Kim Abildgren, Andreas Kuchler, 01 December 2020

The extent to which negative monetary policy interest rates stimulate the economy has a subject of recent discussion among academics and policymakers. Using new comprehensive Danish microdata, this column shows that firms exposed to negative deposit rates to a higher degree than other firms increase their fixed investments and employment – after due control for changes in the level of interest rates. These findings are suggestive of an additional monetary transmission channel operating as nominal interest rates cross zero and become negative.

Elena Durante, Annalisa Ferrando, Philip Vermeulen, 30 November 2020

Monetary policy affects firms’ investment behaviour through an interest rate channel and a balance sheet channel. This column uses investment data from over one million firms in Germany, Spain, France, and Italy to analyse the transmission of monetary policy shocks. It finds heterogeneity in the effects depending on firm size and industry – young firms and those producing durable goods react more strongly than the average firm. Embedding these findings into macroeconomic models used in policymaking would enhance the information available to decision makers. 

Stefano Micossi, 20 October 2020

As the world comes to terms with a post-Covid reality, the euro area must confront its growing fiscal and sovereign debts. This column argues that common euro area policies are justified in order to address sovereign debt externalities and risks to financial stability. It considers a mechanism involving large transfers of euro area sovereigns from the ECB to the ESM as a possible way forward.

Carlo Altavilla, Francesca Barbiero, Miguel Boucinha, Lorenzo Burlon, 03 October 2020

The spread of the COVID-19 virus and the associated economic downturn has prompted vast policy responses by governments. This column assesses the effectiveness of policies targeted at supporting bank lending conditions in the euro area. It finds that banks were largely able to accommodate the unprecedented credit demand due to the funding cost and capital relief of the pandemic response measures. The close coordination between monetary policy and prudential measures has contributed by generating a sizable amplification effect on lending. Consequently, an even larger decline in firms’ employment was averted.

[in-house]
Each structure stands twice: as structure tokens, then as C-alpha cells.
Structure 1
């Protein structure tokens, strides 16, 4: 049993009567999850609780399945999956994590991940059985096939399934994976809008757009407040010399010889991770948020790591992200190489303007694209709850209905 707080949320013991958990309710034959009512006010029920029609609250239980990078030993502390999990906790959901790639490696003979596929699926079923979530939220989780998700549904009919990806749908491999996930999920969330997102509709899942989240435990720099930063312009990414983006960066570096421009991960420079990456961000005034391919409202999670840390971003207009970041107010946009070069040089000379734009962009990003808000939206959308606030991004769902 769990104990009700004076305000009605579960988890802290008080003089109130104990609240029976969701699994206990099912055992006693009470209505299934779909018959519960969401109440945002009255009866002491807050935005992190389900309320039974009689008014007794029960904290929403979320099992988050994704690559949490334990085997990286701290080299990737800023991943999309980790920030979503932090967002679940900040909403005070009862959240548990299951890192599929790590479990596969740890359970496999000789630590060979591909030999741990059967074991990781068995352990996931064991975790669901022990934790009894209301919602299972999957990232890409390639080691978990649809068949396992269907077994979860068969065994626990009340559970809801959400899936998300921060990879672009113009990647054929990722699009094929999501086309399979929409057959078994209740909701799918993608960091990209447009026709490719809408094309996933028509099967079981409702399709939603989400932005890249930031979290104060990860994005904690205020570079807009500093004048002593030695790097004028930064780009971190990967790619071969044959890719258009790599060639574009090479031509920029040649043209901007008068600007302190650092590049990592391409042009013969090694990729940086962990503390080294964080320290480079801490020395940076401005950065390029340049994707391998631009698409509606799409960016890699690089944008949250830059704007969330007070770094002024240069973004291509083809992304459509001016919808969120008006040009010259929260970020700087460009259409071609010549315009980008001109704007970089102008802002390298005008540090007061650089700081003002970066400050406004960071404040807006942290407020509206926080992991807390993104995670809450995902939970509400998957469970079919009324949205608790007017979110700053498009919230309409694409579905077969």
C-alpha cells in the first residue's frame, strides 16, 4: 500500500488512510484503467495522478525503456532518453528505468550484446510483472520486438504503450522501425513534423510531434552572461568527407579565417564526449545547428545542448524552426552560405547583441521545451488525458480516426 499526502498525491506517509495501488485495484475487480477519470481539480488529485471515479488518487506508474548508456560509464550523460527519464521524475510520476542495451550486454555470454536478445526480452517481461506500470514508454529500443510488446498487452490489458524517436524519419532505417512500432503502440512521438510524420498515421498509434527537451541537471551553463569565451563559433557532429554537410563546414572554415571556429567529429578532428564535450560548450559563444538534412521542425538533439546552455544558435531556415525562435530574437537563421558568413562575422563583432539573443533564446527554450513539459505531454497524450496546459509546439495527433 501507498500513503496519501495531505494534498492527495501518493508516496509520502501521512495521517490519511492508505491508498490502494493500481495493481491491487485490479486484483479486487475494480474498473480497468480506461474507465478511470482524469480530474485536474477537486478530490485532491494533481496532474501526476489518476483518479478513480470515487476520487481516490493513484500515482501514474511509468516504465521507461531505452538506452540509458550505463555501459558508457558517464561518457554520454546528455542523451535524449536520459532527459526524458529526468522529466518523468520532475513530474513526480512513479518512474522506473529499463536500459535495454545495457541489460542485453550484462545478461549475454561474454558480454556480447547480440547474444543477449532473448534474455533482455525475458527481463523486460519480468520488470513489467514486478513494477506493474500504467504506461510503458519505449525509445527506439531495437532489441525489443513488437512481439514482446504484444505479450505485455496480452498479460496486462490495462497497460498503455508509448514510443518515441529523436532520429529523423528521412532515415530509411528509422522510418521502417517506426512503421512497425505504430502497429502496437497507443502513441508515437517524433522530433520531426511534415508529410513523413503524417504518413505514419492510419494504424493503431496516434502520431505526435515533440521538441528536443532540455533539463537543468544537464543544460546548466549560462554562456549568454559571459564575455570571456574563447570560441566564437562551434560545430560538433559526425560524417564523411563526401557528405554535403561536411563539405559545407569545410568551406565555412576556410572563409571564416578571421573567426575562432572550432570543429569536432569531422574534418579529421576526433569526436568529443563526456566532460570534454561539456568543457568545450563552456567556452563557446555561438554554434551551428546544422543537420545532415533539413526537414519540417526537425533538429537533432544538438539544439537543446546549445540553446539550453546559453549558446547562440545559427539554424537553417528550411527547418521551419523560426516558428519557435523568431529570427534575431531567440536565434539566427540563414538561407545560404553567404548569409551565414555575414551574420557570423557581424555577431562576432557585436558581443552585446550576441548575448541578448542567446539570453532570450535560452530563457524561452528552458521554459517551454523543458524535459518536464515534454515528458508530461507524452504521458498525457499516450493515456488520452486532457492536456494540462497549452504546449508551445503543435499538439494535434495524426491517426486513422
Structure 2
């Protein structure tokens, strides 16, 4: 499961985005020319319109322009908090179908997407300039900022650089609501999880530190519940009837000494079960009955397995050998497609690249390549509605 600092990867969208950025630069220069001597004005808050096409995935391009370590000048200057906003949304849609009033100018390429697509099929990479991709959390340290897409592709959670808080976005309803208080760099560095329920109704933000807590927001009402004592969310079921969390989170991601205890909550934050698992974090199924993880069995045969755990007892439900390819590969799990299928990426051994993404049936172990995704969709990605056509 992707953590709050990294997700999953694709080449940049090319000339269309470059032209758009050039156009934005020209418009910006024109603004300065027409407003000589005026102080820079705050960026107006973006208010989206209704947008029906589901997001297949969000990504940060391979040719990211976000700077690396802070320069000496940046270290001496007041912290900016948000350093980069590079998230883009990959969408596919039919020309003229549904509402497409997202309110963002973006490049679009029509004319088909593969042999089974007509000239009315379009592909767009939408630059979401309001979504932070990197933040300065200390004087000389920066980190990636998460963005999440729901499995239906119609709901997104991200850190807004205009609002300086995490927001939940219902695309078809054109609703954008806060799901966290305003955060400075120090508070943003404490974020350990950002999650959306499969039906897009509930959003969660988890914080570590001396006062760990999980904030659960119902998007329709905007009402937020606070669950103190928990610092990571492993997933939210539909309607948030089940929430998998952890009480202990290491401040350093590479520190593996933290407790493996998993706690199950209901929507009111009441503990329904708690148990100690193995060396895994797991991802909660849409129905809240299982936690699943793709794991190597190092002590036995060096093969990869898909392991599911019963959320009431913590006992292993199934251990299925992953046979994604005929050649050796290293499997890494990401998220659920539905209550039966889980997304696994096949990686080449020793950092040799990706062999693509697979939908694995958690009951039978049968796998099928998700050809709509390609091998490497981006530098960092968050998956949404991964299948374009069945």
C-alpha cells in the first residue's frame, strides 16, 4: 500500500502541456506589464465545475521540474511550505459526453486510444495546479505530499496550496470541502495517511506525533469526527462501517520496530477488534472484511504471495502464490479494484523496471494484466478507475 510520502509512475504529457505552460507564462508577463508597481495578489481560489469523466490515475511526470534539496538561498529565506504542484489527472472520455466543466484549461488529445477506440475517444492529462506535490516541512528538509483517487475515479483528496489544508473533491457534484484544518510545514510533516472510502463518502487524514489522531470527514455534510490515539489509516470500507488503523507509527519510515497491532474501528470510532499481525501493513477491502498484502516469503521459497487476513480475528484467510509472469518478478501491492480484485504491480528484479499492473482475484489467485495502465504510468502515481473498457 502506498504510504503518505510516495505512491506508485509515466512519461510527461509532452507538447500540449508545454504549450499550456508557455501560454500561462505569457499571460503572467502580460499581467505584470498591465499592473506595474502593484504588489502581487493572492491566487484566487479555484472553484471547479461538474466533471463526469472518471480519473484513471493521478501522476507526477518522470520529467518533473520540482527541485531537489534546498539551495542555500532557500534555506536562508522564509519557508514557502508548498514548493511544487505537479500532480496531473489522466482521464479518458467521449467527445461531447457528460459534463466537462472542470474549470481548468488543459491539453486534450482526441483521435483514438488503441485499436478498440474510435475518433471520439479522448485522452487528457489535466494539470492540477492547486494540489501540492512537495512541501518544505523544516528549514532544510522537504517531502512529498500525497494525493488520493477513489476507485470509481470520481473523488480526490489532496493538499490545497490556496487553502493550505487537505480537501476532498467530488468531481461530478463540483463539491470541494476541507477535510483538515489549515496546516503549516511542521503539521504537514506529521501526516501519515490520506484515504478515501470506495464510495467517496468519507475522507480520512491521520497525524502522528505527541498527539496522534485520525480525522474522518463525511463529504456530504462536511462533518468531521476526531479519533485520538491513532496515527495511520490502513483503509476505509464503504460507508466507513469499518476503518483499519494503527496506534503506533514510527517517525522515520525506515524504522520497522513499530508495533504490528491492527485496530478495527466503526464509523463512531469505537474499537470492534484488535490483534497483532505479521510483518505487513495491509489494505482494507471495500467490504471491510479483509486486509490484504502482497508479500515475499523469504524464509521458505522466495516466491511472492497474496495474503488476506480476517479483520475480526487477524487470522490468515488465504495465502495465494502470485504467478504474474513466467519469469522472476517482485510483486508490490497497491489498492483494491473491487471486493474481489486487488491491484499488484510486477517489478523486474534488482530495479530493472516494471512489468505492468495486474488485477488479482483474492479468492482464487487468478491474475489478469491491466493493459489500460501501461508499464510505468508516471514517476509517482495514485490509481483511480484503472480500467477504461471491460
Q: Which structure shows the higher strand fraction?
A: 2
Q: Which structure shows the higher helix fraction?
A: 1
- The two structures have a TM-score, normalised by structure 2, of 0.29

Johannes Fleck, Adrian Monninger, 02 October 2020

Household portfolios in the euro area differ systematically between countries. As a result, ECB policies have asymmetric effects and views on a potential EU financial transaction tax are divergent. This column argues that cross-country variation in portfolio structures is due to variation in country-specific beliefs on social and communal insurance. These beliefs lead to differences in subjective expectations regarding the availability of external support during financial distress. This means that they regulate the extent to which households use their portfolios for self-insurance, as well as their readiness to participate in debt markets.

Demosthenes Ioannou, Maria Sole Pagliari, Livio Stracca, 18 September 2020

The debate over the incomplete and fragile nature of Europe’s Economic and Monetary Union has been revived by the Covid-19 pandemic. This column shows that adverse shocks within EMU can be identified and are transmitted to the rest of the world, with implications for economic activity and trade in advanced and emerging economies. Despite the important steps taken during the pandemic by euro area authorities, the drive to complete EMU with a genuine fiscal and financial union needs to continue for the sake of both the euro area and the rest of the world.

Lorenzo Codogno, Giancarlo Corsetti, 18 September 2020

The EU Recovery Plan agreed upon in July 2020 supports investment activity through grants and loans to member states at close-to-zero interest rates. This column suggests that its implementation could give a substantial boost to the economy and fiscal revenues under very conservative assumptions on multipliers. In addition, as the ECB is keeping interest rates and government bond yields low, also through its asset purchase programmes, if it refrains from reacting forcefully to potential upward pressures on prices caused by the massive fiscal stimulus, even a gradual and delayed ‘normalisation’ of interest rates would not undermine debt sustainability. 

Márcia Pereira, José Tavares, 17 September 2020